I want to begin this week’s Spaces feature by thanking everyone who was been apart and will be apart of this column. I have had so much fun learning all about so many amazing artists, designers and the like. Our workspaces reflect our work and our lives and each has it’s own character. And this week, I’m excited, yet again, to share another talented creative, Zoe Rooney. Zoe is an amazing web developer, who also dables in various forms of design and art. Be sure to check her out, and if you’re a designer in need of some mad code skills, Zoe is your girl. Enjoy!
Tell us about yourself as a creative.
I’d say I’m about 60% “serious” front-end web developer and 40% creative experimenter. I just love anything visual, from cooking to design & typography to interiors to fine art, and so I kind of flit around doing all of those things at once in my very limited free time and getting none of them done with any kind of speed (but having a ton of fun along the way).
Describe your creative journey.
I’ve been coding since Geocities (I first started learning HTML in middle school, just because I was curious), I also have a background in visual arts and design. After bouncing around between departments, I ended up majoring in art in college mostly because it was fun and it eliminated final exams for most classes. While in that program, I focused on painting but also got to dabble a bit in screenprinting and sculpture. After college I joined Teach For America and taught for two years here in Philadelphia, and then worked for the program for 4 years designing training materials for new corps members.
I’m always trying out various forms of art on the side, but my primary focus right now is on bringing other people’s designs to life via code (a whole different art form, in my opinion). I’ve been doing freelance web design and programming for about two years, and just recently quit my full time job to be a full time programmer! I’m hoping that this move will let me free up more time for my family and for other creative pursuits (I recently broke out my paintbrushes for the first time in years).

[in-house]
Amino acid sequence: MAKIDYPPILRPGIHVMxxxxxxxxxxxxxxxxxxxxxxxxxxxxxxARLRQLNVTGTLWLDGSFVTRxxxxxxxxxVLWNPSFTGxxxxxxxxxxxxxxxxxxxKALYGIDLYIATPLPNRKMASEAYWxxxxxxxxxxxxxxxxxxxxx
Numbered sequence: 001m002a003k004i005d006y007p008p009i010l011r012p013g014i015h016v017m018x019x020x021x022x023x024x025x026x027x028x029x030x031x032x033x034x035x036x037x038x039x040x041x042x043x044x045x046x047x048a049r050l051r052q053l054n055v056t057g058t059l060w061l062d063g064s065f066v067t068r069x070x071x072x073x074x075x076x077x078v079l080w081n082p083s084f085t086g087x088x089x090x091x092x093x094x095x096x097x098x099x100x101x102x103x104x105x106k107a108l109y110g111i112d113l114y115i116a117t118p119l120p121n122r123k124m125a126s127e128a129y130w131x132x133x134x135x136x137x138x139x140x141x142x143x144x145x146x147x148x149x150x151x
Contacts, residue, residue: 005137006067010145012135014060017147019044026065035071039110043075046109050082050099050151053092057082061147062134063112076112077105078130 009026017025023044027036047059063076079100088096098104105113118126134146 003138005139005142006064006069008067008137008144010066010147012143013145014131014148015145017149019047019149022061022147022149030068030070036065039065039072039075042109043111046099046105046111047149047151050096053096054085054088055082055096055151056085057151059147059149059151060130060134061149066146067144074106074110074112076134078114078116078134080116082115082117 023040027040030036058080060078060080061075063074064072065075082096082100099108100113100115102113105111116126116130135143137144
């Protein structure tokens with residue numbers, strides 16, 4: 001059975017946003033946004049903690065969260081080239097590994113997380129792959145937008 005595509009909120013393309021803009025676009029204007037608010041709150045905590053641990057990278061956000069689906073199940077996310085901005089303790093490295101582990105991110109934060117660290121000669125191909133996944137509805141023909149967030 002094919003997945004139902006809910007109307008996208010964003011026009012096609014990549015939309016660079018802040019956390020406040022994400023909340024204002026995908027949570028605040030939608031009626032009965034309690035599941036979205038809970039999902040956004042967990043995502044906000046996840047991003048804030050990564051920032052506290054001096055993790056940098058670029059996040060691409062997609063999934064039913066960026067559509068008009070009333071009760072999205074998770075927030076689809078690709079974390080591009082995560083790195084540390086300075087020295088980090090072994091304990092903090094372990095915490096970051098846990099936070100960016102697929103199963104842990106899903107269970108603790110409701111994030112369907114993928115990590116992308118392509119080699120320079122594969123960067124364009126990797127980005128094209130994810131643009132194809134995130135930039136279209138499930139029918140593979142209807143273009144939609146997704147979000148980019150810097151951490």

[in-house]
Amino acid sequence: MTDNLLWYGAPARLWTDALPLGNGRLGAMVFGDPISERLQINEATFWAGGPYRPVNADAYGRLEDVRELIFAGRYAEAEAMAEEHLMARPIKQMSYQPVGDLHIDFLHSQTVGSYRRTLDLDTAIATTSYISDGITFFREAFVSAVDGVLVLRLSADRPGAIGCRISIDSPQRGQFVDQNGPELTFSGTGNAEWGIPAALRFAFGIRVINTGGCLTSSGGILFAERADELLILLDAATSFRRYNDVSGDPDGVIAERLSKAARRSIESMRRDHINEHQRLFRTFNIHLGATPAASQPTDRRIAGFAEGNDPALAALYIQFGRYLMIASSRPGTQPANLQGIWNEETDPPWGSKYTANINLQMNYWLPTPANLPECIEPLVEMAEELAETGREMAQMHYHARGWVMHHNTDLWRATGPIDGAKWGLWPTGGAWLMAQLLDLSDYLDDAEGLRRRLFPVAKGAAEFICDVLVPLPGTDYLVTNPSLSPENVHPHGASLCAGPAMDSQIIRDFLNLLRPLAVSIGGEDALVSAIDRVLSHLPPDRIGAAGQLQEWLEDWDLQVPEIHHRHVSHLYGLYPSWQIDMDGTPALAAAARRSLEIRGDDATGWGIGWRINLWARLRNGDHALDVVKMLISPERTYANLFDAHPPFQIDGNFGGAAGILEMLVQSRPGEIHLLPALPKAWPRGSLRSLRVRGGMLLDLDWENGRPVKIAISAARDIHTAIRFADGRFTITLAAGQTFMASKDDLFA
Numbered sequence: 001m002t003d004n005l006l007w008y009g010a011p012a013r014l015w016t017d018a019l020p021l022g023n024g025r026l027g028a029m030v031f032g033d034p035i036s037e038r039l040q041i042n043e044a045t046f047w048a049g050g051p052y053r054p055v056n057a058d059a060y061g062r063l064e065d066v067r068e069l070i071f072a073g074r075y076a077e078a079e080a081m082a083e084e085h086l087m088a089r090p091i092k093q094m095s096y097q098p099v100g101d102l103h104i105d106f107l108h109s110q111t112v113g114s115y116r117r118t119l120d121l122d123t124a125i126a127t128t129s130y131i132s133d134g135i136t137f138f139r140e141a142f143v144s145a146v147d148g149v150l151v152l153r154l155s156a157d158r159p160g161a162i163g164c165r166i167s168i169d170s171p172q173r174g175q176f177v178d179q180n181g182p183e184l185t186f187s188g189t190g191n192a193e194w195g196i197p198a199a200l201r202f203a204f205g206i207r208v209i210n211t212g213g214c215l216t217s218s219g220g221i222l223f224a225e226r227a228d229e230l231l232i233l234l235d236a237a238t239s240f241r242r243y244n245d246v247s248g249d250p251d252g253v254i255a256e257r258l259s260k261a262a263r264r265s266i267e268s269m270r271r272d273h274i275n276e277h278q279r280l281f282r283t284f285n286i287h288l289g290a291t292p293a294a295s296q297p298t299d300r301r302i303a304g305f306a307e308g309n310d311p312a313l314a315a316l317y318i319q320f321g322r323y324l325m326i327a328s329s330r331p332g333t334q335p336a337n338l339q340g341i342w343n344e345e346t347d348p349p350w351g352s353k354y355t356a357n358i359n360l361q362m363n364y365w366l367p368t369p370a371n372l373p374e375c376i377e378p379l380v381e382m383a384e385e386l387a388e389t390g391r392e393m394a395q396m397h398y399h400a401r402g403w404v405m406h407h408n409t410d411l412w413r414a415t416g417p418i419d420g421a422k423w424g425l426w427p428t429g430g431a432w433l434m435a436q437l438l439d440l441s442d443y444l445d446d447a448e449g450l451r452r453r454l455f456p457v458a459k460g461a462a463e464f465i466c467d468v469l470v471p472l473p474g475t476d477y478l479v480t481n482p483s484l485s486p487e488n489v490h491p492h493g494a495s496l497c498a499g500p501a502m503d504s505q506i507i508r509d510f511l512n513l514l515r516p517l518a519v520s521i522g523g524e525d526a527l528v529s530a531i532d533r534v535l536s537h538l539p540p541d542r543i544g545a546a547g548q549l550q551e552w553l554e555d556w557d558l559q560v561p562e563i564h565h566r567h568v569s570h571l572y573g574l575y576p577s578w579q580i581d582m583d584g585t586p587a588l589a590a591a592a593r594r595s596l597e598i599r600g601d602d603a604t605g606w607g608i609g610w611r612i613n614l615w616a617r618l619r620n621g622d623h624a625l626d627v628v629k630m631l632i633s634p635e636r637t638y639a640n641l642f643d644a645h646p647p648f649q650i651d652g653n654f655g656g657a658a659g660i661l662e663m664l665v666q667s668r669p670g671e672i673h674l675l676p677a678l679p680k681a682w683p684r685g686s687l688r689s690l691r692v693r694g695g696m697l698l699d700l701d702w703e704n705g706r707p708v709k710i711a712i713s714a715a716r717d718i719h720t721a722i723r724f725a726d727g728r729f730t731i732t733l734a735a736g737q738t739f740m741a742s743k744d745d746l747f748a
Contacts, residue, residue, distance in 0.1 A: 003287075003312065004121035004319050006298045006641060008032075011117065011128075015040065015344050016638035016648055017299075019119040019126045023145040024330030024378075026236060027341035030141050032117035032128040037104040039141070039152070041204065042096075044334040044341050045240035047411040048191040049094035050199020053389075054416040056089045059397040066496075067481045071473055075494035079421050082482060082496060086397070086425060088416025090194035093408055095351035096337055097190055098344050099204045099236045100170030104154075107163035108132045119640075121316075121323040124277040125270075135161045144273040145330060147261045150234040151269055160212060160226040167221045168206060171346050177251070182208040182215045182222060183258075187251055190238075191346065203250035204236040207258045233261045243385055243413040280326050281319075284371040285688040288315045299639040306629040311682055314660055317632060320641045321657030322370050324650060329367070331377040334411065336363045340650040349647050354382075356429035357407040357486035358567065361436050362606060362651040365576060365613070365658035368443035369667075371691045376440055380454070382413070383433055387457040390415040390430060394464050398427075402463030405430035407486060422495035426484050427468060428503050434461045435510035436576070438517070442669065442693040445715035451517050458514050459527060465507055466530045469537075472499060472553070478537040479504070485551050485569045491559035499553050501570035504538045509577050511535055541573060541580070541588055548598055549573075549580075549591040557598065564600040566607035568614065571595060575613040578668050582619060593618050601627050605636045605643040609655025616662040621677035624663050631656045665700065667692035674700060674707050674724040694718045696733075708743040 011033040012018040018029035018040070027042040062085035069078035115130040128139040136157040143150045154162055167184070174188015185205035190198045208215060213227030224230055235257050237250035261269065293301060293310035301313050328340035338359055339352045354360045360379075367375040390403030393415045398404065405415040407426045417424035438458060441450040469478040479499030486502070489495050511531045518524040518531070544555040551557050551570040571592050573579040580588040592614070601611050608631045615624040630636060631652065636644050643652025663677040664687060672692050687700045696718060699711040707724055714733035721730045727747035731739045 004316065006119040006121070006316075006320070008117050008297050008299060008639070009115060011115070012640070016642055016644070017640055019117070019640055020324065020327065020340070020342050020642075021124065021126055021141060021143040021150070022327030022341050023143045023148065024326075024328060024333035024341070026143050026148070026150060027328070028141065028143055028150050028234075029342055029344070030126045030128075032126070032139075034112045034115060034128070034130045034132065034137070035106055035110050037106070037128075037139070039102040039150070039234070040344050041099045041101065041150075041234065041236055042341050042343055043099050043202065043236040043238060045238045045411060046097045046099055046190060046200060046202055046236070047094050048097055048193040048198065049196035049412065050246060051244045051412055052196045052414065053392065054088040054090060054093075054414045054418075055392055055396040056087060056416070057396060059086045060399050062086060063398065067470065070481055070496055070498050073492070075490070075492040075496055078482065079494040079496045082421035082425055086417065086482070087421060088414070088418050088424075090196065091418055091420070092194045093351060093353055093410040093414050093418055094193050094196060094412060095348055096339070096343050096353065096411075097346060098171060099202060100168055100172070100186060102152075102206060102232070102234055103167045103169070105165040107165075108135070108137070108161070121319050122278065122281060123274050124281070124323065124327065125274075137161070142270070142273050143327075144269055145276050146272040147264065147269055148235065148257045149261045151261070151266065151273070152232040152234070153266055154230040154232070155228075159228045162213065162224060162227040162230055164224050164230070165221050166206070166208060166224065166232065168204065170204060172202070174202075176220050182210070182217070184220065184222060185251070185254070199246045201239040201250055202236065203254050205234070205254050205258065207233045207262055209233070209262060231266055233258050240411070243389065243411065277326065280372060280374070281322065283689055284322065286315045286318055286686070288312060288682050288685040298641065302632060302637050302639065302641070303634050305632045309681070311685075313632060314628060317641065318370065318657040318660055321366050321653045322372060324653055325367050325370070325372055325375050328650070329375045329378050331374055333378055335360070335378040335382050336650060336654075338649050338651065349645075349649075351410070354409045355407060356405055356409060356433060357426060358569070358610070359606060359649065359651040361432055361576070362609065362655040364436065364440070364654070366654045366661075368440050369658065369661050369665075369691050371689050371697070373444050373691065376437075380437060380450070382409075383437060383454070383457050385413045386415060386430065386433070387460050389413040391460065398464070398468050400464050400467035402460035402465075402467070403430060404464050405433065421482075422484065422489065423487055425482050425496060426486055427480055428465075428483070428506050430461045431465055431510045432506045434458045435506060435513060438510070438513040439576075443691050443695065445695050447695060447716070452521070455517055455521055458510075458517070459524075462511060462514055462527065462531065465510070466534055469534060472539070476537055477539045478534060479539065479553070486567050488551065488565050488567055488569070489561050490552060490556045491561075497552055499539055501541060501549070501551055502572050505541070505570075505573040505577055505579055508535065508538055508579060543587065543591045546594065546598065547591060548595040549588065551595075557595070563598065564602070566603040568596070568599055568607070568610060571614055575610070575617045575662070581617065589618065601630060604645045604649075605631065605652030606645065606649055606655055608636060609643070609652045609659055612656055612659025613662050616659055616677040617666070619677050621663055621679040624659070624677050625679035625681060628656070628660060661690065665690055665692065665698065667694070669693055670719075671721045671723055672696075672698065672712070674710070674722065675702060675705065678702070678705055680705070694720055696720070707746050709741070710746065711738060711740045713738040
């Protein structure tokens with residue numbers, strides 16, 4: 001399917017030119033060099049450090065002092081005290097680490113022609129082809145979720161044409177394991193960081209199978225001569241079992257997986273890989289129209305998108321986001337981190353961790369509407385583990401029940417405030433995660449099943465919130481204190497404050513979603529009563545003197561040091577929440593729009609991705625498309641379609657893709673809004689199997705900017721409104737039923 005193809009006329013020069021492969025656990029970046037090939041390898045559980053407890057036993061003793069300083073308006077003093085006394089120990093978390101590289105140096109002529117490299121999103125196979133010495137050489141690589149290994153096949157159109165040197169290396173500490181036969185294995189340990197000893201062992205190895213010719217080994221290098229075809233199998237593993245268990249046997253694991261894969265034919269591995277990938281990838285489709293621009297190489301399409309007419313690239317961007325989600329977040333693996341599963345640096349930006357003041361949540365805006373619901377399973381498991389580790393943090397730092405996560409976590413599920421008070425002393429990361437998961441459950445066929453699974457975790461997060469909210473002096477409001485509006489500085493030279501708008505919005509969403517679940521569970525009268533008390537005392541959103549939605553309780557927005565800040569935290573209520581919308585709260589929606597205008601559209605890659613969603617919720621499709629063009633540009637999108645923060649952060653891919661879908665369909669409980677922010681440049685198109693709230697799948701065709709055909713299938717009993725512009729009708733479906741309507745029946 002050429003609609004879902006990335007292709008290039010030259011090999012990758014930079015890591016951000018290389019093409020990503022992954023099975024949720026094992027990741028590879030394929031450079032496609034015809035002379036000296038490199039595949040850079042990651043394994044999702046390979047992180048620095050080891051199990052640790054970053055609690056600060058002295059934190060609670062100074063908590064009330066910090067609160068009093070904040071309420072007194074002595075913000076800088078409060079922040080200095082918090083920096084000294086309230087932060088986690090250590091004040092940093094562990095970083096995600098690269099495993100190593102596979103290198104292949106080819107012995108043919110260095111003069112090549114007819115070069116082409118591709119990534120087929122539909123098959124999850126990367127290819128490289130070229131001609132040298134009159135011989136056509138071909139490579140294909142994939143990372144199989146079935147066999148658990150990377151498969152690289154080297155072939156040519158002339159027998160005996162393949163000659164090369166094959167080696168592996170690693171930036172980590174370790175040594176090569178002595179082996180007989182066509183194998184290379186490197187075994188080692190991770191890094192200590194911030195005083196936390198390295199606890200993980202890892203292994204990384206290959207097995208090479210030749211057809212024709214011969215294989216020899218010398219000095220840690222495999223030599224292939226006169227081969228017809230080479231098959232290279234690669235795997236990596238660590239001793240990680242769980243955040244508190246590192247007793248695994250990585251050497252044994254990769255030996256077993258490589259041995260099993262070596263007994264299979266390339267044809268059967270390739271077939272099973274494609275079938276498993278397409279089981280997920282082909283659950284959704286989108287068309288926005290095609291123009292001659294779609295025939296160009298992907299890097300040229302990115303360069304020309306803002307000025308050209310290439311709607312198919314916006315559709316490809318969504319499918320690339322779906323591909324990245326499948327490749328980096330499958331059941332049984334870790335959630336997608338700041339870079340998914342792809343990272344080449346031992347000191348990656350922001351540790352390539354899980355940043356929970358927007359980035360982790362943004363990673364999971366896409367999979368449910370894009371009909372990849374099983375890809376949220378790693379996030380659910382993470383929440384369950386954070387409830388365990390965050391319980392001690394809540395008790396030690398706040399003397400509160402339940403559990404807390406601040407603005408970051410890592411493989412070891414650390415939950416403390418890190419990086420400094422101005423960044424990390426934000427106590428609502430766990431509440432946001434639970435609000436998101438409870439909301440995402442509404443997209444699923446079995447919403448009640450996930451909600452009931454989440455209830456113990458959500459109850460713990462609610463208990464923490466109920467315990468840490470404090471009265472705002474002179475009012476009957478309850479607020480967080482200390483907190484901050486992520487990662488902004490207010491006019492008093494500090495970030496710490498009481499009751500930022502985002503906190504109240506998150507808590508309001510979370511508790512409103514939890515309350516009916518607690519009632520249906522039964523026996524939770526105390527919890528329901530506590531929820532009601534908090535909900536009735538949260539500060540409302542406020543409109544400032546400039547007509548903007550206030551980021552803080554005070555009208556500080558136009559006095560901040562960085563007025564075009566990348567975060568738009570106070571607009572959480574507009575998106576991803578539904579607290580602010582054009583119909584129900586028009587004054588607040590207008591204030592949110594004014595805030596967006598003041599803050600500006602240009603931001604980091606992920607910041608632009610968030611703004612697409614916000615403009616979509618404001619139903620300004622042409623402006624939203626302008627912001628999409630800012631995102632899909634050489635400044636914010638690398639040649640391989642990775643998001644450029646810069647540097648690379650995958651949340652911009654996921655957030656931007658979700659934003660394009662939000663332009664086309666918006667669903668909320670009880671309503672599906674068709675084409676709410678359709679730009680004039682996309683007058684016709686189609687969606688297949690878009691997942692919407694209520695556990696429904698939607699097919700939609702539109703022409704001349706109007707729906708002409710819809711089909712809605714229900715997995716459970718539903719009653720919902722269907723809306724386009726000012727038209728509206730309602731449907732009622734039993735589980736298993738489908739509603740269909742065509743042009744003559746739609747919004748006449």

Share a little bit about your space.
I feel very fortunate to have an entire room in our house as my office (plus a sunroom, which is just storage and needs to be renovated but eventually will make a lovely art studio). I’ve worked from home since my first son was born (he’s now 3), so it’s been important to have a door I can close so that I can talk to clients or designers on the phone and really focus in on a coding project. That said, my space needs a lot of work – it’s only partially painted, the floor is a mess under the rugs, there’s a random door to a guest bedroom that I’d like to close up, and the desk is basically an assemblage of plywood and 4x4s, hastily attached to each other and the wall with drywall screws. I also am a total hoarder of random stuff, especially art, and it ends up stacked everywhere waiting for a frame or a spot on the wall somewhere in the house.
What’s your favorite thing about your space?
There are four things I especially love about my space: (1) it’s at home, so I get to see my boys whenever I want throughout the day (a blessing and a curse, really), (2) I built the desk at bar height so that I can stand and work when I get tired of sitting, (3) the vintage Moroccan rug, which was a gift from my father who brought it back from a hitchhiking trip in the 70s, and (4) the door, to shut out the aforementioned boys and their noise.
What’s one thing you think every creative needs in their space?
On the one hand I am kind of a maximalist and love to have tons of craft and art supplies stashed nearby, but on the other hand I think the most amazing thing about creative work is that all you really need is something to write on and something to write with. Of course I also couldn’t live without a computer with internet for all that code.
*Love her floor plan and all the little labels!
Photos by Zoe Rooney.